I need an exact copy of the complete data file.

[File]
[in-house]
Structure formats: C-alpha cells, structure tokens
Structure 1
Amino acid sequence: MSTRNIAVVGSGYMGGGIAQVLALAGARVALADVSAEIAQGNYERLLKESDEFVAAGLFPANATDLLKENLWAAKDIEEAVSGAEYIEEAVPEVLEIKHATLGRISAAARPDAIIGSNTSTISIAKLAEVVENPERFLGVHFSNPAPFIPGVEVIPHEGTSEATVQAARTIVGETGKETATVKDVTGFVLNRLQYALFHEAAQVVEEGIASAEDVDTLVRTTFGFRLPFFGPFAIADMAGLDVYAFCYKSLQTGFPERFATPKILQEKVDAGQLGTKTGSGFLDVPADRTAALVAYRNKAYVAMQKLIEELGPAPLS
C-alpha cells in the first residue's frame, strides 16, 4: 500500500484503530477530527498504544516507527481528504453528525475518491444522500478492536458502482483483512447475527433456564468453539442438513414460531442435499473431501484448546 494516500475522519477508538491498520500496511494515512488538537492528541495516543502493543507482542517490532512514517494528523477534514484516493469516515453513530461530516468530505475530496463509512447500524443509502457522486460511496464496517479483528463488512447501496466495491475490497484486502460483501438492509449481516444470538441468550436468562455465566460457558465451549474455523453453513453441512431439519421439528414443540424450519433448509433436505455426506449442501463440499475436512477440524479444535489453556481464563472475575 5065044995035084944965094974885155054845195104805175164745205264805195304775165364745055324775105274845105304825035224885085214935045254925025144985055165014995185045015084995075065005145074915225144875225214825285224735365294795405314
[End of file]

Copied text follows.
[in-house]
Structure formats: C-alpha cells, structure tokens
Structure 1
Amino acid sequence: MSTRNIAVVGSGYMGGGIAQVLALAGARVALADVSAEIAQGNYERLLKESDEFVAAGLFPANATDLLKENLWAAKDIEEAVSGAEYIEEAVPEVLEIKHATLGRISAAARPDAIIGSNTSTISIAKLAEVVENPERFLGVHFSNPAPFIPGVEVIPHEGTSEATVQAARTIVGETGKETATVKDVTGFVLNRLQYALFHEAAQVVEEGIASAEDVDTLVRTTFGFRLPFFGPFAIADMAGLDVYAFCYKSLQTGFPERFATPKILQEKVDAGQLGTKTGSGFLDVPADRTAALVAYRNKAYVAMQKLIEELGPAPLS
C-alpha cells in the first residue's frame, strides 16, 4: 500500500484503530477530527498504544516507527481528504453528525475518491444522500478492536458502482483483512447475527433456564468453539442438513414460531442435499473431501484448546 494516500475522519477508538491498520500496511494515512488538537492528541495516543502493543507482542517490532512514517494528523477534514484516493469516515453513530461530516468530505475530496463509512447500524443509502457522486460511496464496517479483528463488512447501496466495491475490497484486502460483501438492509449481516444470538441468550436468562455465566460457558465451549474455523453453513453441512431439519421439528414443540424450519433448509433436505455426506449442501463440499475436512477440524479444535489453556481464563472475575 5065044995035084944965094974885155054845195104805175164745205264805195304775165364745055324775105274845105304825035224885085214935045254925025144985055165014995185045015084995075065005145074915225144875225214825285224735365294795405314